BI1EC2-Ecology

Module Provider: School of Biological Sciences
Number of credits: 20 [10 ECTS credits]
Level:4
Terms in which taught: Spring / Summer term module
Pre-requisites:
Non-modular pre-requisites:
Co-requisites:
Modules excluded:
Current from: 2018/9

Module Convenor: Dr Tara Pirie

Email: t.pirie@reading.ac.uk

Type of module:

Summary module description:

This module provides an overview of the general principles of ecology, covering topics such as altruism and fighting through to predation and mutualisms.


Aims:

This module aims to provide the student with an understanding of the local and global patterns of the distribution and abundance of living species, and the processes that have resulted in these patterns. Students will also gain experience in practical field ecology data collection techniques.


Assessable learning outcomes:

By the end of the module, the student will be expected to be able to:




  • Describe the basics of population and community ecology.

  • Describe the fundamental interactions between species, and between species and their abiotic environment.

  • Review how an understanding of the fundamentals of ecology can be applied to questions of conservation and pest management.

  • Identify the common bird species found on campus.

  • Be able to develop a hypothesis that is able to be tested

  • Be able to collect ecological data from the field, organise and reproduce this information.

  • Be able to carry out simple statistical tests to determine whether the data supports or disproves a chosen hypothesis.

  • Be able to make deductions and arrive at conclusions from the data.


Additional outcomes:

Students will be provided with an opportunity to develop insights into field ornithology and, through this, to gain an understanding of the critical link between field taxonomy skills and field ecology.


Outline content:

In this unit, we will consider different types of interactions among species, and how an understanding of these interactions may help lead to a more scientifically based programme of conservation and pest management. Core topics include: population dynamics, herbivory, predation, parasitism, mutualisms, food web structure, biogeography, global climate change and other anthropogenic impacts on biodiversity.



During the practical sessions conducted on campus, we will consider different field techniques and how they can be applied to gather data in order to test a hypothesis.


Brief description of teaching and learning methods:

There will be 20 lectures, covering the fundamentals of ecology. The practical component will be based around a series of field classes introducing students to the diversity of bird life on campus and using this to illustrate how basic field surveys are carried.


Contact hours:
  Autumn Spring Summer
Lectures 20 5
Practicals classes and workshops 20 25
Fieldwork 15
Guided independent study 60 55
       
Total hours by term 100.00 100.00
       
Total hours for module 200.00

Summative Assessment Methods:
Method Percentage
Written exam 70
Written assignment including essay 15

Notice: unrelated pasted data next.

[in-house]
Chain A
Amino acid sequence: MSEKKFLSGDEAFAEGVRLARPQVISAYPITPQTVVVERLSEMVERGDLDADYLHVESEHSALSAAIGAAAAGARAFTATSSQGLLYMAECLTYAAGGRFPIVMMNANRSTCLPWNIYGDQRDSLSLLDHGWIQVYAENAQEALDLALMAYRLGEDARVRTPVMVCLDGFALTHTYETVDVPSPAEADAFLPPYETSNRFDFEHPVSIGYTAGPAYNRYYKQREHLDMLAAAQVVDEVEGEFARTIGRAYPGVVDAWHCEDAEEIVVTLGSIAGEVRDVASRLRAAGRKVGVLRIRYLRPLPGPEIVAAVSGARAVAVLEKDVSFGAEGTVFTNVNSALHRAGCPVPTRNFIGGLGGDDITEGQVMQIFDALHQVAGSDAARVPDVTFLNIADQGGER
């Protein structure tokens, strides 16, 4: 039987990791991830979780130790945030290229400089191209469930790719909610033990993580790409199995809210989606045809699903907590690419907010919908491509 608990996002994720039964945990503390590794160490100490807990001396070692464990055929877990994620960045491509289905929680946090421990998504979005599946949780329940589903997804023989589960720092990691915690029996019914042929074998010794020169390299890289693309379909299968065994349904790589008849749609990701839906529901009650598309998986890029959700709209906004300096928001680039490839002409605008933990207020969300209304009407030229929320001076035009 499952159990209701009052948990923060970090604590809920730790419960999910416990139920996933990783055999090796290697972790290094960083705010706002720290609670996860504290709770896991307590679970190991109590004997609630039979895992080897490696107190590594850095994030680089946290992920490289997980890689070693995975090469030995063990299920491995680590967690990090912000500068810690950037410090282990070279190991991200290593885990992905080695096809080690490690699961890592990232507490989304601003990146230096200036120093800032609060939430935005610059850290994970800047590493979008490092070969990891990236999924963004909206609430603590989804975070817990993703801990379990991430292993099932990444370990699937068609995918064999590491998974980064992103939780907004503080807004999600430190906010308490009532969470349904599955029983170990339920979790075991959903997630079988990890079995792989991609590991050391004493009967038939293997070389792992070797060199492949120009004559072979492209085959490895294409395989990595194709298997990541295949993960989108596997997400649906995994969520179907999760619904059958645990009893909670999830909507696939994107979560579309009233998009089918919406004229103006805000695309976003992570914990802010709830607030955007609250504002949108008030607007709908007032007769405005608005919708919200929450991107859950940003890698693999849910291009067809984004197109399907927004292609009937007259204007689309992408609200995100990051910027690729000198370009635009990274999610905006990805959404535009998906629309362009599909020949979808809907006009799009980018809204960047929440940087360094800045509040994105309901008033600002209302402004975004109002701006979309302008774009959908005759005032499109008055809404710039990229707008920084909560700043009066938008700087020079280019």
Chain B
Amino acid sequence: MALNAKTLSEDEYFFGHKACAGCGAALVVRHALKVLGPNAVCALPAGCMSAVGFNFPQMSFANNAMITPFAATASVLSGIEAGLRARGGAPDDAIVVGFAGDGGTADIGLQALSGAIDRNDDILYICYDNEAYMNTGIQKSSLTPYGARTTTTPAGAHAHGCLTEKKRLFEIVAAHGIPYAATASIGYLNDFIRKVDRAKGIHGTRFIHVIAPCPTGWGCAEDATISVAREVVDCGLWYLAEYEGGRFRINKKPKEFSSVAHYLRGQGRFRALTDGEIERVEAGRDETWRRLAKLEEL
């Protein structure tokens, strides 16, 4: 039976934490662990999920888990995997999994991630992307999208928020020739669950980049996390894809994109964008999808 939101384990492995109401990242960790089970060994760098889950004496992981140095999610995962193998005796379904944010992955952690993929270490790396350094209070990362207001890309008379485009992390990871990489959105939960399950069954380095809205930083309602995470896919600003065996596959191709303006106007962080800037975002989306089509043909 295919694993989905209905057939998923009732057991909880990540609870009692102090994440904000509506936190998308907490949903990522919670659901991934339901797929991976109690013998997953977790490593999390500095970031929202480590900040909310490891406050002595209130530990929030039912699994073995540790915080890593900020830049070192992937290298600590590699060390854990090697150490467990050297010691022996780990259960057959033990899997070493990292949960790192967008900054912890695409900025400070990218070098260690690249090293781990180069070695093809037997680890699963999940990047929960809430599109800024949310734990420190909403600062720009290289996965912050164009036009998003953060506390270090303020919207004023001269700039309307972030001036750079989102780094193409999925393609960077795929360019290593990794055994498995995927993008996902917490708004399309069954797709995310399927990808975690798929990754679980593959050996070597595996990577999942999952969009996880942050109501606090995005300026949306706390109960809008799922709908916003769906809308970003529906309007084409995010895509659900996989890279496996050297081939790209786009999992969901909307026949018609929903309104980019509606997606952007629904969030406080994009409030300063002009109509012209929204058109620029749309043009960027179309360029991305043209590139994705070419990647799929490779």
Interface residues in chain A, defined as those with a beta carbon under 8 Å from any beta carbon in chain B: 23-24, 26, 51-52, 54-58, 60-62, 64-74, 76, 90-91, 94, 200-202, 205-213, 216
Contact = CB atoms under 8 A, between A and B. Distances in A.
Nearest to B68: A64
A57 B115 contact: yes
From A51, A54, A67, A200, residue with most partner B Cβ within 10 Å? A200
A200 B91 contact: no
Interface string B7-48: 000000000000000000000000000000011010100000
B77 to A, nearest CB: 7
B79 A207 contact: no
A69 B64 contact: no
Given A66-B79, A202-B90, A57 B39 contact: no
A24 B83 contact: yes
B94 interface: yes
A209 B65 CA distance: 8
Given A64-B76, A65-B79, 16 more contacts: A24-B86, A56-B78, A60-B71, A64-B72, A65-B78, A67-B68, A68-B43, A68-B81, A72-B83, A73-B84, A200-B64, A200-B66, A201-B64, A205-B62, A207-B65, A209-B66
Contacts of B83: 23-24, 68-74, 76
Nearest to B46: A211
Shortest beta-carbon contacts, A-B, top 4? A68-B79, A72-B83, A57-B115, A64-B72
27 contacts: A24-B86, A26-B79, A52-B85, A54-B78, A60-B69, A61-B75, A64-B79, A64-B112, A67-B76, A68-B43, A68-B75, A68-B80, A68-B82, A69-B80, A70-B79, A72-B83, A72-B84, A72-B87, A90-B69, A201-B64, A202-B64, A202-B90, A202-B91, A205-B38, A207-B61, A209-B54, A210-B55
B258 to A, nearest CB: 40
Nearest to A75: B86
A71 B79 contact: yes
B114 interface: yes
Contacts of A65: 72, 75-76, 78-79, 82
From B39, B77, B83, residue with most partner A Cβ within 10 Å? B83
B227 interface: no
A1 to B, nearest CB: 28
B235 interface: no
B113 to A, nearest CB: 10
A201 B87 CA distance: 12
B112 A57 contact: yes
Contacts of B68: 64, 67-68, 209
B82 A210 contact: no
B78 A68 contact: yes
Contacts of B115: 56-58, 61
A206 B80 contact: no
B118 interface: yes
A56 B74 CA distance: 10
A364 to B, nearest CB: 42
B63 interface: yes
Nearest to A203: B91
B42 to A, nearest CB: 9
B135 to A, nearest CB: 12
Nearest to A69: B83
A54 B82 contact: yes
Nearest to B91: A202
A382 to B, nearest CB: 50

Oral assessment and presentation 10
Class test administered by School 5

Summative assessment- Examinations:

One-and-a-half hours


Summative assessment- Coursework and in-class tests:

There are three pieces of assessed work; two in the spring term and one piece in the summer term. Students will be examined on their bird identification skills (spots test) and must report the results of a bird survey and then build on this with a more detailed exposition on the biology of a named species in the spring term. 


Formative assessment methods:

Penalties for late submission:
The Module Convener will apply the following penalties for work submitted late:

  • where the piece of work is submitted after the original deadline (or any formally agreed extension to the deadline): 10% of the total marks available for that piece of work will be deducted from the mark for each working day[1] (or part thereof) following the deadline up to a total of five working days;
  • where the piece of work is submitted more than five working days after the original deadline (or any formally agreed extension to the deadline): a mark of zero will be recorded.

  • The University policy statement on penalties for late submission can be found at: http://www.reading.ac.uk/web/FILES/qualitysupport/penaltiesforlatesubmission.pdf
    You are strongly advised to ensure that coursework is submitted by the relevant deadline. You should note that it is advisable to submit work in an unfinished state rather than to fail to submit any work.

    Assessment requirements for a pass:

    A mark of 40% overall


    Reassessment arrangements:

    Re-examination in August/September only


    Additional Costs (specified where applicable):

    1) Required text books: 

    2) Specialist equipment or materials: 

    3) Specialist clothing, footwear or headgear: 

    4) Printing and binding: 

    5) Computers and devices with a particular specification: 

    6) Travel, accommodation and subsistence:


    Last updated: 26 September 2018

    THE INFORMATION CONTAINED IN THIS MODULE DESCRIPTION DOES NOT FORM ANY PART OF A STUDENT'S CONTRACT.

    Things to do now